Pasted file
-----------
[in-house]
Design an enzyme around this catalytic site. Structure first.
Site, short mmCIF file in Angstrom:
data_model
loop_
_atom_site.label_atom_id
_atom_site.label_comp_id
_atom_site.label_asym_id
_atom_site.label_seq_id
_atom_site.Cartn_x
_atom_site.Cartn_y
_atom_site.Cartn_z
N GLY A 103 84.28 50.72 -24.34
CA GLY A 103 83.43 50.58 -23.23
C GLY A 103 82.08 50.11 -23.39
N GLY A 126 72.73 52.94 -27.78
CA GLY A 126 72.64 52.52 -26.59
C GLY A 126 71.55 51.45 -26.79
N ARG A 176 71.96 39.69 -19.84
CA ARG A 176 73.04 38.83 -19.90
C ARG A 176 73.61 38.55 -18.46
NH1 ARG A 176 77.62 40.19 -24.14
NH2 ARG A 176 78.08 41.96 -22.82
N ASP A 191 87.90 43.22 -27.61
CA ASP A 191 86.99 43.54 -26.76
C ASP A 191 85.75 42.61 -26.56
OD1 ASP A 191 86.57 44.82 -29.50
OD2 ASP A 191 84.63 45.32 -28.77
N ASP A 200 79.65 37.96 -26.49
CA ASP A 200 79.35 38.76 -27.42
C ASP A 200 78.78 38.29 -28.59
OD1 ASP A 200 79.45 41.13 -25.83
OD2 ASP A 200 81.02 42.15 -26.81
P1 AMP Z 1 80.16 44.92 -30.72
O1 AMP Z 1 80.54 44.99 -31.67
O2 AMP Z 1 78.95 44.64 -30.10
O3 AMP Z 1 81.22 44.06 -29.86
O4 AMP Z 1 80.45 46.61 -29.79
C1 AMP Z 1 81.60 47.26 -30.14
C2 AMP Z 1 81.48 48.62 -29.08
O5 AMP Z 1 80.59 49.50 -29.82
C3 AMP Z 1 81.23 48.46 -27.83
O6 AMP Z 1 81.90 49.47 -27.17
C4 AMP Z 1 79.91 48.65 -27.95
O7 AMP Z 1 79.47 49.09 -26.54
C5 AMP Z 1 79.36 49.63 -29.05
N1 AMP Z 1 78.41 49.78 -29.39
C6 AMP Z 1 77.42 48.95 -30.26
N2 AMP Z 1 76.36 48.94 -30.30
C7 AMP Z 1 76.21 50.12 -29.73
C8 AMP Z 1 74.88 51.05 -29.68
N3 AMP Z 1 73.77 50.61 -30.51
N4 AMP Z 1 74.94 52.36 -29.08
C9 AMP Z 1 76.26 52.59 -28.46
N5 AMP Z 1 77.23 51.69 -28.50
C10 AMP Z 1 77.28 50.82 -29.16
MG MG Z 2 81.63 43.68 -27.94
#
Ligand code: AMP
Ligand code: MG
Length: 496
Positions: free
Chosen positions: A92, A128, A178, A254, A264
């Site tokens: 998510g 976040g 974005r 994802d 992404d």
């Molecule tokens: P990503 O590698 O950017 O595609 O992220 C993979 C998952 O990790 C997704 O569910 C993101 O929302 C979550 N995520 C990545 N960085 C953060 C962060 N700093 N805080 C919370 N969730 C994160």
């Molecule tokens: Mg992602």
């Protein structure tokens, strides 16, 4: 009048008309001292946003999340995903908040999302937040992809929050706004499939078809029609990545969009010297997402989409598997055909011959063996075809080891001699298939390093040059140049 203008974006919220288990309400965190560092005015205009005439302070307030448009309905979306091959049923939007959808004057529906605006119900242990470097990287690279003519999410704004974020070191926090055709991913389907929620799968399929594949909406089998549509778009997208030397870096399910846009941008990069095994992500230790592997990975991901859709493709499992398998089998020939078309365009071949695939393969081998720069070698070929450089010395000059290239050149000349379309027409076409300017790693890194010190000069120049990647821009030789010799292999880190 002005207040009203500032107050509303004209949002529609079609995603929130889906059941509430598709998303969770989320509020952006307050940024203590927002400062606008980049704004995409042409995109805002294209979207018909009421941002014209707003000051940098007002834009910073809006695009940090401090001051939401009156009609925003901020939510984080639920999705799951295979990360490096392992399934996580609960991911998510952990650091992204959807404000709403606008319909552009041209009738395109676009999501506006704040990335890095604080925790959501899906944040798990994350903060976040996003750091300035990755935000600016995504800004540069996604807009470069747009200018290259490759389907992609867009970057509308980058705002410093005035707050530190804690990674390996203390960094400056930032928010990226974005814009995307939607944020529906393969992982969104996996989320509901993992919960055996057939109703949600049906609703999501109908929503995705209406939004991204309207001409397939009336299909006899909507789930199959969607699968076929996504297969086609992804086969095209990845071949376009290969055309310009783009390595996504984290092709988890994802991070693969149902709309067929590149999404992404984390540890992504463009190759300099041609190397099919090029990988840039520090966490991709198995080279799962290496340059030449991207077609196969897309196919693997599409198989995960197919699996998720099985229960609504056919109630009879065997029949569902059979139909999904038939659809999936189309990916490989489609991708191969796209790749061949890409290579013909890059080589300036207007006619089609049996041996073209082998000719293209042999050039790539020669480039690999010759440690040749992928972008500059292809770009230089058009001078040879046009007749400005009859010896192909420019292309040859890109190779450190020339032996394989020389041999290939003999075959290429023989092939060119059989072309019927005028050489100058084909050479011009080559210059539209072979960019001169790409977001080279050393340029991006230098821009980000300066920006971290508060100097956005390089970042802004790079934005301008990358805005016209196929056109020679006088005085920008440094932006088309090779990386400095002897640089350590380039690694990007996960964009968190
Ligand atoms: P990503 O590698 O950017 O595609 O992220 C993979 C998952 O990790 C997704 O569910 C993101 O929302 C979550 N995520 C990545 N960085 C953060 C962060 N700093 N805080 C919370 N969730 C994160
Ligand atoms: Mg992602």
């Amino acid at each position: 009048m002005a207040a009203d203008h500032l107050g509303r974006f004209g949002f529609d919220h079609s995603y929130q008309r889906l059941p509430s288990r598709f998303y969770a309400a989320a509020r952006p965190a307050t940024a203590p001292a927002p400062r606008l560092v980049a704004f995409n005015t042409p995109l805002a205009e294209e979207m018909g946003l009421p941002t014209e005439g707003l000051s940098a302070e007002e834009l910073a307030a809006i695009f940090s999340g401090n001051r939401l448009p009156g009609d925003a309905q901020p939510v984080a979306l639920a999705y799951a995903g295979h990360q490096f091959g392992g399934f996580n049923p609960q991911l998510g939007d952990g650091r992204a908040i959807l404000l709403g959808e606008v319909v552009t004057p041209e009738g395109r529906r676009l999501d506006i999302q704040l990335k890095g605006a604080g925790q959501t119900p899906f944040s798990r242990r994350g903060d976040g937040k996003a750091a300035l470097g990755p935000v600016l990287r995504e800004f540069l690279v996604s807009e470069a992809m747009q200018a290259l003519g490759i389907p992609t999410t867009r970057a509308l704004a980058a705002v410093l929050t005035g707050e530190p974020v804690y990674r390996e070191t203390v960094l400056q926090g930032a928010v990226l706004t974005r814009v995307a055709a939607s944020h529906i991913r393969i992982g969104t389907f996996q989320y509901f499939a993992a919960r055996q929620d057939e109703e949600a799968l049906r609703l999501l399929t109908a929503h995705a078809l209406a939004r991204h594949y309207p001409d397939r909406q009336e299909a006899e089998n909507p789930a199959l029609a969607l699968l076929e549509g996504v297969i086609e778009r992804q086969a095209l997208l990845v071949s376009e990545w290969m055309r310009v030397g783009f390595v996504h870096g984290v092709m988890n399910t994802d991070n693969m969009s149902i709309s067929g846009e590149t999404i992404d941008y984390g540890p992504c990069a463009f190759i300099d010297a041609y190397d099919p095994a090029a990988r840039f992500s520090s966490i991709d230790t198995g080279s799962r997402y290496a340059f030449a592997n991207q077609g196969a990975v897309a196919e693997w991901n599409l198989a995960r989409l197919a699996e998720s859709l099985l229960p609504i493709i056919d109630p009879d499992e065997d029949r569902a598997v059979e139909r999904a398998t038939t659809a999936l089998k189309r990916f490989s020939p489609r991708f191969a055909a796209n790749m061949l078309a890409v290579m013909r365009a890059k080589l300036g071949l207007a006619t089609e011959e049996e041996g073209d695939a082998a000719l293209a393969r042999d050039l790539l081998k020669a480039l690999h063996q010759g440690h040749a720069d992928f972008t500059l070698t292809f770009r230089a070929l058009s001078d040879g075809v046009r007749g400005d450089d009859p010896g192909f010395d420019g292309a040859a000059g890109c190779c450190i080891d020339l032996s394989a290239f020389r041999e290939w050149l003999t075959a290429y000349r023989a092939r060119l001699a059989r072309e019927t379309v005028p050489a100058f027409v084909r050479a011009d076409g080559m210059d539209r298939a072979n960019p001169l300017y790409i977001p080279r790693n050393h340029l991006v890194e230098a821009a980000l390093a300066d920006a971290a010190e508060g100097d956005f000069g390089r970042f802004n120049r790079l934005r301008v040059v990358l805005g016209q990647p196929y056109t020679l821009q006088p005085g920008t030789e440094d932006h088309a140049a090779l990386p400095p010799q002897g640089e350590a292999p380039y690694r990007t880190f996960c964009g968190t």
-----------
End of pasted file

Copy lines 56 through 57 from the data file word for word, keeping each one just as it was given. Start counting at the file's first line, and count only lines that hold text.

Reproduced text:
C10 AMP Z 1 77.28 50.82 -29.16
MG MG Z 2 81.63 43.68 -27.94